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A remembrance: Rosa’s ‘No’ echoes still
By George A. Ricker

“No” is such a simple word. Yet, even simple words can have profound consequences depending upon when and how they are used.

Rosa Parks was a woman who said “no” more than 50 years ago. I doubt she could have foreseen the ramifications of her use of the word when she said it. I'm sure she had no idea of the forces she would unleash. It was a powerful “no.”

Here's what happened.

It was Dec. 1, 1955, and Mrs. Parks was on her way home from work. A seamstress at the Montgomery Fair department store in downtown Montgomery, Alabama, she boarded a city bus for her regular trip at the end of the day. All 36 seats on the bus were quickly filled with 22 blacks — seated from the rear of the bus — and 14 whites. The white bus driver, seeing a white man standing in the front of the bus, ordered the four blacks seated just behind the last row of whites to relinquish their seats and move to the rear so that the white man could be seated and the passengers would still be segregated in accordance with state law.

After a momentary delay, three of the four blacks went to stand in the back of the bus. Rosa Parks, however, said “no.”

She was advised that if she persisted in her refusal, she would be arrested. Still, she said “no.”
Now, it was no small matter for any black to do such a thing in Montgomery in 1955. Indeed, there were many cities throughout the South where her action would have been no less remarkable.

For Rosa Parks’ “no” was sure to be viewed as a challenge to the entire, elaborate structure of legal segregation that had been constructed throughout the region since the end of the Civil War. That edifice already had been severely damaged by the U.S. Supreme Court's decision in Brown v. Board of Education of Topeka — handed down in May of 1954 — wherein segregated schools were held to be inherently unequal. And the white power structure was in no mood to see further erosion of the rules whereby a segregated society was maintained.

Her “no” was a direct threat to all the Jim Crow laws and, more importantly, to the mentality which conceived such laws — a mentality that said, and believed, that blacks were inferior creatures and had to be kept in their place, which place was wherever the white establishment wanted it to be.

That’s a heavy burden for a small word like “no,” but it was implicit in Rosa Parks use of the word nonetheless. And while she may not have known what would come of her refusal on that particular occasion, clearly she knew it would have serious ramifications. You see, besides being a seamstress, a housewife, and an active member of her church, Rosa Parks also was the secretary of the local chapter of the National Association for the Advancement of Colored People.

It's interesting to note that when the young pastor of the Dexter Avenue Baptist Church was appointed to the Executive Committee of the Montgomery Chapter of the NAACP, it was Rosa Parks who drafted the letter of appointment. The preacher's name, by the way, was King — Martin Luther King, Jr.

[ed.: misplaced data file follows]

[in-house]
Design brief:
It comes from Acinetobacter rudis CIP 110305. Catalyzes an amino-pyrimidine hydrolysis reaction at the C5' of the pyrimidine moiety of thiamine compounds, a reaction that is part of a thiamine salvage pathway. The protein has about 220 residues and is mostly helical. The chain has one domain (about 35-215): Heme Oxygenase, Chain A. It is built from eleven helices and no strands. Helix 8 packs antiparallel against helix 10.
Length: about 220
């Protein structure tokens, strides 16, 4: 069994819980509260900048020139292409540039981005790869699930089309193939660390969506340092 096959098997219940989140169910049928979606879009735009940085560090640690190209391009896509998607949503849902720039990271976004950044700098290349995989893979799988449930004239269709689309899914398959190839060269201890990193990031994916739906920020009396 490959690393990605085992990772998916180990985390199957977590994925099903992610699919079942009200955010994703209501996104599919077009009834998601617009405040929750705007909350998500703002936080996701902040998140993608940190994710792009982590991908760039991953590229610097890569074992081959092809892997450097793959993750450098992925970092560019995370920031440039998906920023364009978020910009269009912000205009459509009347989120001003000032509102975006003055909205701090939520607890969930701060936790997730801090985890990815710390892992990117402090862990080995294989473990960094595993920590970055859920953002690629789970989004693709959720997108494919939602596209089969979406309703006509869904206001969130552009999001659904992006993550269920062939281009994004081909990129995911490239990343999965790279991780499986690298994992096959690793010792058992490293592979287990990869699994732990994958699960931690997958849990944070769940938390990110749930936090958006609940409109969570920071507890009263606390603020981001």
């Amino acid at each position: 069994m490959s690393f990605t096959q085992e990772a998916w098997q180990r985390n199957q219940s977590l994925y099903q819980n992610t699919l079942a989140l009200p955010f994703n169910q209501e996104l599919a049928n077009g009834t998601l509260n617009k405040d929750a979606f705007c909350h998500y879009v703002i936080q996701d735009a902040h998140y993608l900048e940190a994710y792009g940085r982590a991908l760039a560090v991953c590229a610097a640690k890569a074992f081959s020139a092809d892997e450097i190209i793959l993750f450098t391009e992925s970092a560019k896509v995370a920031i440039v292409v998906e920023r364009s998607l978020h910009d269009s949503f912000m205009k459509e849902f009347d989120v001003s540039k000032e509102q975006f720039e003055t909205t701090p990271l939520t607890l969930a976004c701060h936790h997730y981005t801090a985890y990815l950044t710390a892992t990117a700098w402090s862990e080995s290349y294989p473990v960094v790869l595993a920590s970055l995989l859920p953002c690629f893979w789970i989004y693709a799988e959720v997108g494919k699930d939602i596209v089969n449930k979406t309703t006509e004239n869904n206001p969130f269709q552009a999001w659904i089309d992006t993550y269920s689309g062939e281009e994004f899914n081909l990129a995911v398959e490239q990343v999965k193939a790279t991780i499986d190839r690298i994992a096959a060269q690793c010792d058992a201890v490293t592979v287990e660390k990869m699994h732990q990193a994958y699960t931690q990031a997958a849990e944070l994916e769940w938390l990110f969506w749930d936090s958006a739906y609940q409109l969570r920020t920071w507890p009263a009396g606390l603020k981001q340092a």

Her arrest — she was released that evening on bond — led directly to the formation of the Montgomery Improvement Association and the Montgomery bus boycott, which is generally credited with being the beginning of the modern Civil Rights Movement. And it was the bus boycott, you may recall, that brought Martin Luther King, Jr., to the forefront of that movement.

Now, I don’t want to overstate my case. Would there have been a civil rights movement without Rosa Parks' arrest? Undoubtedly. Would King have played a dominant role in it? More than likely.

But history moves in fits and starts — it’s not at all the smooth progression we like to think it is — and there is no doubt at all that Rosa Parks’ refusal to follow the rules of a society that tried to treat her as something less than she was played an important role in the events that followed. Her “no” focused the energies of the black community in Montgomery on the work at hand and kept it focused, for the most part, through the difficult days that were to come.

To the bus driver, to the policemen who arrested her, Rosa Parks was a lawbreaker, a troublemaker, someone who didn’t “know” her place.

In my view, she was a heroine — a woman who faced a difficult moral choice and chose rightly even though the potential consequences for herself and her family could have been devastating.

Thomas Carlyle once wrote that history is the biography of great men. Well, alongside Mr. Carlyle’s “great men,” I suggest we make a place for the diminutive Mrs. Parks.

And, maybe, if we listen carefully, we can still hear her quiet “no” echoing through the decades and offering hope to all men and women everywhere who have ever had to face the stark choice between doing what is right and doing what is expedient.

“No” is such a simple word.

©2006 by George A. Ricker

A final note: Rosa Parks died on Oct. 24, 2005, in Detroit, Michigan, where she had lived since 1957. She was 92. A woman of singular courage, she was given a singular honor. When the mahogany casket containing her body lay in state in the Capitol Rotunda in Washington, D.C., she became the first woman to be so honored in our nation’s history. —GR

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